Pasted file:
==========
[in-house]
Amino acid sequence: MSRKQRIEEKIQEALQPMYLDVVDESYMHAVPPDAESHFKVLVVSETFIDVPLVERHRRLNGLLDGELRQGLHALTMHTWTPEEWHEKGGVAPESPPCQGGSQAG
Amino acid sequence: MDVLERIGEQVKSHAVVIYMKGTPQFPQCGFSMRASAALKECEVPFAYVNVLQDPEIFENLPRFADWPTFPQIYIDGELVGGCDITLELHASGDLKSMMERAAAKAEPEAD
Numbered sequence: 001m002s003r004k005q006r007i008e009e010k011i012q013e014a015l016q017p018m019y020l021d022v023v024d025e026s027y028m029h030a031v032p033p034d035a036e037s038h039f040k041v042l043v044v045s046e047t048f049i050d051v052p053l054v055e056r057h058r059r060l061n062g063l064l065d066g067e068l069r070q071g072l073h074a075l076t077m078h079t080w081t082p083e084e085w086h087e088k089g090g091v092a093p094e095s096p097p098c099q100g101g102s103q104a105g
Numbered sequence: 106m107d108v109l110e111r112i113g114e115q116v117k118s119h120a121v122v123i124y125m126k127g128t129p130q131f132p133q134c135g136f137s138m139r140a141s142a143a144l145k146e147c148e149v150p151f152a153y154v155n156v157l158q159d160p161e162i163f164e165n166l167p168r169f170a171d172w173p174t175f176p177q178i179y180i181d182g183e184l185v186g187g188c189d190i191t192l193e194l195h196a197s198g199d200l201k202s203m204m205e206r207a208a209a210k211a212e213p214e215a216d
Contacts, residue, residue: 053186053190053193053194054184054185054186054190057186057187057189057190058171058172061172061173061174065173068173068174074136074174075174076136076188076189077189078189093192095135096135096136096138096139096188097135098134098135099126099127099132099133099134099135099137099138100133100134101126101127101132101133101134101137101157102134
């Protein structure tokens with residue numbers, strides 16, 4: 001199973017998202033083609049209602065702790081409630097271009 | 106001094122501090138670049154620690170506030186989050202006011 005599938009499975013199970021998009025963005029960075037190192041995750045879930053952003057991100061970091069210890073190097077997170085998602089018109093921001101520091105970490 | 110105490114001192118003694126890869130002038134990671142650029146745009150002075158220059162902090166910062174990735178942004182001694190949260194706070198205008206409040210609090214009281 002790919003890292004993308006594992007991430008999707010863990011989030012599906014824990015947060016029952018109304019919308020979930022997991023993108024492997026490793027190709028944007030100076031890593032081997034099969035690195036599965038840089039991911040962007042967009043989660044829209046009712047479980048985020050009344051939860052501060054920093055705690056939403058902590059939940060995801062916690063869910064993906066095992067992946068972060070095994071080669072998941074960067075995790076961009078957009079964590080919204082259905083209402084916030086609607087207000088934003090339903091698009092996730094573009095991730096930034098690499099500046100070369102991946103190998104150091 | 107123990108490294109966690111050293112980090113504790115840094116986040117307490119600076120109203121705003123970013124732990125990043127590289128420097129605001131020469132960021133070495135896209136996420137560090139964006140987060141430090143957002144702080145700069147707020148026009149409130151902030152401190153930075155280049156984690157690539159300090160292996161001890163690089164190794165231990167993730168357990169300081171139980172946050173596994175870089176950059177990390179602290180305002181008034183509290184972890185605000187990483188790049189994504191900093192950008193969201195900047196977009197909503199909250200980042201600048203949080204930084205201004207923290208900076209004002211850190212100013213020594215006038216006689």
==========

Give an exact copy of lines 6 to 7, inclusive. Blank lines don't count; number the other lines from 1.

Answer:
Contacts, residue, residue: 053186053190053193053194054184054185054186054190057186057187057189057190058171058172061172061173061174065173068173068174074136074174075174076136076188076189077189078189093192095135096135096136096138096139096188097135098134098135099126099127099132099133099134099135099137099138100133100134101126101127101132101133101134101137101157102134
């Protein structure tokens with residue numbers, strides 16, 4: 001199973017998202033083609049209602065702790081409630097271009 | 106001094122501090138670049154620690170506030186989050202006011 005599938009499975013199970021998009025963005029960075037190192041995750045879930053952003057991100061970091069210890073190097077997170085998602089018109093921001101520091105970490 | 110105490114001192118003694126890869130002038134990671142650029146745009150002075158220059162902090166910062174990735178942004182001694190949260194706070198205008206409040210609090214009281 002790919003890292004993308006594992007991430008999707010863990011989030012599906014824990015947060016029952018109304019919308020979930022997991023993108024492997026490793027190709028944007030100076031890593032081997034099969035690195036599965038840089039991911040962007042967009043989660044829209046009712047479980048985020050009344051939860052501060054920093055705690056939403058902590059939940060995801062916690063869910064993906066095992067992946068972060070095994071080669072998941074960067075995790076961009078957009079964590080919204082259905083209402084916030086609607087207000088934003090339903091698009092996730094573009095991730096930034098690499099500046100070369102991946103190998104150091 | 107123990108490294109966690111050293112980090113504790115840094116986040117307490119600076120109203121705003123970013124732990125990043127590289128420097129605001131020469132960021133070495135896209136996420137560090139964006140987060141430090143957002144702080145700069147707020148026009149409130151902030152401190153930075155280049156984690157690539159300090160292996161001890163690089164190794165231990167993730168357990169300081171139980172946050173596994175870089176950059177990390179602290180305002181008034183509290184972890185605000187990483188790049189994504191900093192950008193969201195900047196977009197909503199909250200980042201600048203949080204930084205201004207923290208900076209004002211850190212100013213020594215006038216006689």